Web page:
'This is democracy at work:' Thousands take part in Seattle Women's March
SEATTLE -- The third annual Seattle Womxn's March kicked off Saturday with thousands in attendance.
The march began at Cal Anderson Park, led by indigenous drummers, and headed into downtown. The thousands marching flew balloons and held up signs, many of which mocked and protested the president.
“We want him and everyone in this country to know that young people are aware of what’s going on and they’re going to make a difference when they can and they’re ready to right now,” a marcher said.
For one mom, this year’s women’s march represents her family’s future.
“Lanie is an amazing 16-month-old and I just want to make sure she has every right that she possibly can to grow up and be an amazing human being,” she said.
Some of the regions most powerful progressive women leaders spoke about the greatest threats and most inspiring triumphs communities have experienced in the past year.
Mayor Jenny Durkan says the annual march has become an important event for her.
“It’s really important for us to come together as a community to show that we demand we have a better society, a better world for all,” Mayor Durkan said.
In a city where protests are the norm, the women’s march is one of the biggest.
“I am here for the Sisters of Perpetual Indulgence, we are a social activist group, a charity group," a marcher said. "Well this pretty much says it all for me.”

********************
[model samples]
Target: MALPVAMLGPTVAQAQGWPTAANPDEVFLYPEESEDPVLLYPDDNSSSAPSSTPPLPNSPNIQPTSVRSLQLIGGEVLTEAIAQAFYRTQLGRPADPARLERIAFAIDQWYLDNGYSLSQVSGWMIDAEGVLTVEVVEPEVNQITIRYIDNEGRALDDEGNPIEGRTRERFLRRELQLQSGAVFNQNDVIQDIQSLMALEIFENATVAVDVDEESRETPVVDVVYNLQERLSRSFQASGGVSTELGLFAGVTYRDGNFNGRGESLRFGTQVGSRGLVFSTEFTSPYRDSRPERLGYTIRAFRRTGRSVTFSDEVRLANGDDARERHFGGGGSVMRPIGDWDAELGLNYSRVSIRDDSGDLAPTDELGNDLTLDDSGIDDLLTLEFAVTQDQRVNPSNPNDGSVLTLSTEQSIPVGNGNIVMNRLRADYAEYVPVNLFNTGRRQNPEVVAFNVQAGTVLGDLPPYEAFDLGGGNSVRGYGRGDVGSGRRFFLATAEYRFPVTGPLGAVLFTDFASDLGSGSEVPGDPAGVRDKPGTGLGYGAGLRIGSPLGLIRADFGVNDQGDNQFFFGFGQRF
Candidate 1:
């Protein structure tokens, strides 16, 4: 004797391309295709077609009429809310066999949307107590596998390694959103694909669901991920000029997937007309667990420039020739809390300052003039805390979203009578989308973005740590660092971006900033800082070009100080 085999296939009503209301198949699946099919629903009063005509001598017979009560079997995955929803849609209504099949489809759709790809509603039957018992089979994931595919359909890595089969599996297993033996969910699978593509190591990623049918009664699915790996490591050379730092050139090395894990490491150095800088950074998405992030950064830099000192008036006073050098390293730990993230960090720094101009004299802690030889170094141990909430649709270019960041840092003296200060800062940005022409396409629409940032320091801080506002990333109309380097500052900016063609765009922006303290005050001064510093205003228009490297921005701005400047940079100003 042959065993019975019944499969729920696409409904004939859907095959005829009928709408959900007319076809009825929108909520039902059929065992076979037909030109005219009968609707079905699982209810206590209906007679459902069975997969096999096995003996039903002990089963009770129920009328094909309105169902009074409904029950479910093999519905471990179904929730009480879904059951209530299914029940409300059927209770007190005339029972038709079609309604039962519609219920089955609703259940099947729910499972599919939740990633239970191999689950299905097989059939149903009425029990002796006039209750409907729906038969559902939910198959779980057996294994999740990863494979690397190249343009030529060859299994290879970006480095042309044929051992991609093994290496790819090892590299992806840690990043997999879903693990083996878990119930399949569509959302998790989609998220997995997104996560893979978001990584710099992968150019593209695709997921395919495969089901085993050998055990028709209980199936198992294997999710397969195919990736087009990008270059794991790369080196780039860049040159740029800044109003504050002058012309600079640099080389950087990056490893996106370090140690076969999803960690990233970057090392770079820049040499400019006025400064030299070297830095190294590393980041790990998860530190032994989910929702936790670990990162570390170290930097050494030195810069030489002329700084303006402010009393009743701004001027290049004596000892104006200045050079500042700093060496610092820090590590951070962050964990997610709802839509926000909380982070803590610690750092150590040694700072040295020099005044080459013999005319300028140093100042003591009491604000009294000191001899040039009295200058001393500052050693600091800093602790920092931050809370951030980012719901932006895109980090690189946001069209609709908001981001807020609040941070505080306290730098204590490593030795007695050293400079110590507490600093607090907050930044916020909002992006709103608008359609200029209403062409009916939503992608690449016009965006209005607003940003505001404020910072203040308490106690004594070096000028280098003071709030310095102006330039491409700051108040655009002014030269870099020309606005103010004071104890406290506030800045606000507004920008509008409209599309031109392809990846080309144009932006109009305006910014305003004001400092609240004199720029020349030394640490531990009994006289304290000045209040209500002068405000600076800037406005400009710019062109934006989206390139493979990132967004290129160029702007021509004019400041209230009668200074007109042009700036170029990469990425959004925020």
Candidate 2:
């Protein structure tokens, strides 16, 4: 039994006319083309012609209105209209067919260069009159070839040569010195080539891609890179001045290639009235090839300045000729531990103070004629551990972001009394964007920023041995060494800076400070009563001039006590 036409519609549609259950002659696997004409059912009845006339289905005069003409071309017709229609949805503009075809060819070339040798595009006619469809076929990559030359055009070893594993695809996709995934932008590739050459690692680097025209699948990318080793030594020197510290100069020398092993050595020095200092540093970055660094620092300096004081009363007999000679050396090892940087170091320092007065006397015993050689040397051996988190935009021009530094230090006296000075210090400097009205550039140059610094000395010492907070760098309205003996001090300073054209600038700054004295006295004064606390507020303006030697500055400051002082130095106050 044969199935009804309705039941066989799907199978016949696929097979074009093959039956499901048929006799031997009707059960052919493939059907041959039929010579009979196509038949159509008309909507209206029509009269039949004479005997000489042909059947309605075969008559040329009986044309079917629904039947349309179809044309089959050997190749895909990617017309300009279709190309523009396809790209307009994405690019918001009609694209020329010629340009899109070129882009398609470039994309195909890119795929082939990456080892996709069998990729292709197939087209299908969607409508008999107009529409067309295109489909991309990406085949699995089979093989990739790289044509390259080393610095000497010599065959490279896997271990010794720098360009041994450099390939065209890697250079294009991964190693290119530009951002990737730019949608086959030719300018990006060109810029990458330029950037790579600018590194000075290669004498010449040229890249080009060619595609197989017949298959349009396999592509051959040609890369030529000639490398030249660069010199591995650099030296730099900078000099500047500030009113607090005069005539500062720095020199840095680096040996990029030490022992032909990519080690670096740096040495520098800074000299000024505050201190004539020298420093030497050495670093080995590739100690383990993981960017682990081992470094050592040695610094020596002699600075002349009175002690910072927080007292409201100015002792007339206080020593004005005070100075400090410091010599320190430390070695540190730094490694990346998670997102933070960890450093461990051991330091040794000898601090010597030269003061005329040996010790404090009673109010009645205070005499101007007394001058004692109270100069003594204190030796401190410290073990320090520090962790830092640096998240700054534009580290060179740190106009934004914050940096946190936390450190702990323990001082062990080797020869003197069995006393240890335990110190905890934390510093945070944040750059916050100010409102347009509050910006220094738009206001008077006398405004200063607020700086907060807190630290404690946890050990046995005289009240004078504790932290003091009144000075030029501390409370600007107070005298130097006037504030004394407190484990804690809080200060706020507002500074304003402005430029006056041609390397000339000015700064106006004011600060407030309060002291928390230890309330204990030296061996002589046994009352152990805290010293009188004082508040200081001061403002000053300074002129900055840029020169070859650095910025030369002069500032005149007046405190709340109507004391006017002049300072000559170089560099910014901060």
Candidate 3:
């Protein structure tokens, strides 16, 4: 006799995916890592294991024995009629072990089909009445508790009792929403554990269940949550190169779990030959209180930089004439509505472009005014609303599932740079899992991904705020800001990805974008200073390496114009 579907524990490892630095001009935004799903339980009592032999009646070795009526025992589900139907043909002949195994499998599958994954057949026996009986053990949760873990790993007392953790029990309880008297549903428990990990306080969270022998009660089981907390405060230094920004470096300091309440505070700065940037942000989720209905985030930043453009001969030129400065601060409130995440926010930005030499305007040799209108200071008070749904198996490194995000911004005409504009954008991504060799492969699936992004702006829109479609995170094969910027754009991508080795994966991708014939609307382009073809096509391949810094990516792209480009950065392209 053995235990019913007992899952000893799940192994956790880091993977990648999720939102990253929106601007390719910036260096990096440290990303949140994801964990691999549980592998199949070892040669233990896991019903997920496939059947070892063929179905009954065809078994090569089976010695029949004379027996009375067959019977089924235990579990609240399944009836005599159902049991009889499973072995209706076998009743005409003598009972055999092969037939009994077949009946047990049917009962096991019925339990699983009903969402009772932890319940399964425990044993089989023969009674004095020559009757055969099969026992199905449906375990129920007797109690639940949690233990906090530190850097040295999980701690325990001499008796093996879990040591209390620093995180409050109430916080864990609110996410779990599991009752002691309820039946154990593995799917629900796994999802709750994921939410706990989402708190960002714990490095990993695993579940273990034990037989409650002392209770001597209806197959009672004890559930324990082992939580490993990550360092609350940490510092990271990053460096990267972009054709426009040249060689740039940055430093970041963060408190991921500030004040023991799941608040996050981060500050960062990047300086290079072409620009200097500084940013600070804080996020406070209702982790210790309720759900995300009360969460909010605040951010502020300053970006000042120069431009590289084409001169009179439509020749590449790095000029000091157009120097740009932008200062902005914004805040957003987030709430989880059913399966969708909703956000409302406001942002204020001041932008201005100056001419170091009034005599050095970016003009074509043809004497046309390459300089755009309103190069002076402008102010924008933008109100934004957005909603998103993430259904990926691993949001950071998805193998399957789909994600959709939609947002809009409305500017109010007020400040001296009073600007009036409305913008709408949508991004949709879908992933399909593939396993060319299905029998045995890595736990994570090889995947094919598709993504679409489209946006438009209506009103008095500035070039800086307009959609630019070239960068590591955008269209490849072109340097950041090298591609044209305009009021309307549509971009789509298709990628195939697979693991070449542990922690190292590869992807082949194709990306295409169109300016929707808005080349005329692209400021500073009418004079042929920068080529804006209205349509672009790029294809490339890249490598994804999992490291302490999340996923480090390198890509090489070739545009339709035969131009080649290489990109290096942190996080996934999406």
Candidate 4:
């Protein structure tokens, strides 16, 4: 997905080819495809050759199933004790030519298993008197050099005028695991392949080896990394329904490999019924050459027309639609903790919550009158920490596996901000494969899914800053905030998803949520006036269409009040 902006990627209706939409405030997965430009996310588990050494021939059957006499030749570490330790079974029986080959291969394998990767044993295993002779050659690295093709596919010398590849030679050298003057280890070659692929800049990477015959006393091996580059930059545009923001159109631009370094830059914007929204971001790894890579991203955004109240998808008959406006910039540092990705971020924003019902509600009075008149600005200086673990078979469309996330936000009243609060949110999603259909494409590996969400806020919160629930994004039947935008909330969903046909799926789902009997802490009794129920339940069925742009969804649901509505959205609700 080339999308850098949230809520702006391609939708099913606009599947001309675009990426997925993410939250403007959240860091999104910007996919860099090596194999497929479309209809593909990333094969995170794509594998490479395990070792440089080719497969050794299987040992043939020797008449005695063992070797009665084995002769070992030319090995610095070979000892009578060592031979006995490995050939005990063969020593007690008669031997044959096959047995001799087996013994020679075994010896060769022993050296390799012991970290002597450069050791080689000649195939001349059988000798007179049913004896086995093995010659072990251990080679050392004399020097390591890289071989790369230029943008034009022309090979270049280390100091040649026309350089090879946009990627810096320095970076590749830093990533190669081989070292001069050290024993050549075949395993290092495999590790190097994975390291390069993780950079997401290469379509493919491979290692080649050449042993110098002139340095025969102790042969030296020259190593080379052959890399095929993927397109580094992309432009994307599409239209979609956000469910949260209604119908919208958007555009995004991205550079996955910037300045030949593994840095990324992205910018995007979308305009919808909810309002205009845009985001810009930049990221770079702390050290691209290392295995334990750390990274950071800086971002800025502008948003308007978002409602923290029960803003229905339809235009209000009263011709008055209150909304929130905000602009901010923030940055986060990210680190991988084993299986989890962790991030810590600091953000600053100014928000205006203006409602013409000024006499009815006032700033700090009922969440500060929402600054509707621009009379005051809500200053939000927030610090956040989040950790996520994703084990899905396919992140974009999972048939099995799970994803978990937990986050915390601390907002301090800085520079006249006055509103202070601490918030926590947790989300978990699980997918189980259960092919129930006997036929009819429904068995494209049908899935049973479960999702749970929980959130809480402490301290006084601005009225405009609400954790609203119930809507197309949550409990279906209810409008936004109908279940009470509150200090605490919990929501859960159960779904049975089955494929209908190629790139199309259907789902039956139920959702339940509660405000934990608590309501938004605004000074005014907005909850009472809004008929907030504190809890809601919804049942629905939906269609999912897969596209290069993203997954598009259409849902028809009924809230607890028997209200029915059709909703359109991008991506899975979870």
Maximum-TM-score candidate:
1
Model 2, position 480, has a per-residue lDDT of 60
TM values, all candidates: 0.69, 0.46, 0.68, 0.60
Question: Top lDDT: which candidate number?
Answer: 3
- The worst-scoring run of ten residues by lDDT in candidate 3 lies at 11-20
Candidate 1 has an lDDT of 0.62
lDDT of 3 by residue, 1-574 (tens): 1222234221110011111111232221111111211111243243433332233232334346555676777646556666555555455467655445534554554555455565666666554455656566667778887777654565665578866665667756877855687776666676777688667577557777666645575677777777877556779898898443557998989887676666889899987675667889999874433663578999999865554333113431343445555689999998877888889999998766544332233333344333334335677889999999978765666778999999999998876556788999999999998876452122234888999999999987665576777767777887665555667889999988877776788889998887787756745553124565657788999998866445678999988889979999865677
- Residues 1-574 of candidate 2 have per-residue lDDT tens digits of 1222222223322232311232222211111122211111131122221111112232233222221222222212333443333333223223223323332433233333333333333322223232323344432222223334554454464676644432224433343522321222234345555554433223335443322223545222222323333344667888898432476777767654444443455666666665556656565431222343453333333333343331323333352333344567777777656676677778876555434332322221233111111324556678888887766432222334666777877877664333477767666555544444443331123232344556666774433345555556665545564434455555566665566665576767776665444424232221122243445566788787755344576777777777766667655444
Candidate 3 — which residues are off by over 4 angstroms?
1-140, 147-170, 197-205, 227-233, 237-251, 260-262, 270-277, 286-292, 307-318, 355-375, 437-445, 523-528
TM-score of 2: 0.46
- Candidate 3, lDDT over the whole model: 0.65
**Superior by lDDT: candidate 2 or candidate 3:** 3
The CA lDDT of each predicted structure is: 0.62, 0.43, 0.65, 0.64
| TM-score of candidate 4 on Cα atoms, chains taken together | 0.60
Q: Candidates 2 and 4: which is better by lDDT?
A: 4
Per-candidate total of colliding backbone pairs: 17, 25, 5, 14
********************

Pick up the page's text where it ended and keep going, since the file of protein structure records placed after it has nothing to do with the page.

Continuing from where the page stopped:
When the march reached Seattle Center, a father and daughter climbed up to catch a better glimpse of the crowds.
“I’m inspired, I’m inspired, he said. "It’s great to see the next generation of leaders, and women recognizing we can do anything to change the world.”
“I feel like, I feel like this is democracy at work," another said.
The march concluded at the Seattle Center where participants attended one of several workshops designed to motivate marchers for the work to come in 2019 and beyond.
"There is no lacking of things that people can do to disrupt and dismantle violence being done to people at the intersection of race and disability," said Christiana Obeysumner during one of the discussions and panels. "All you need to do is be in solidarity with us and actually just do the thing."
On Sunday, women's march organizers are having a "day of action." They'll hold trainings, healing sessions and more panels all around Seattle.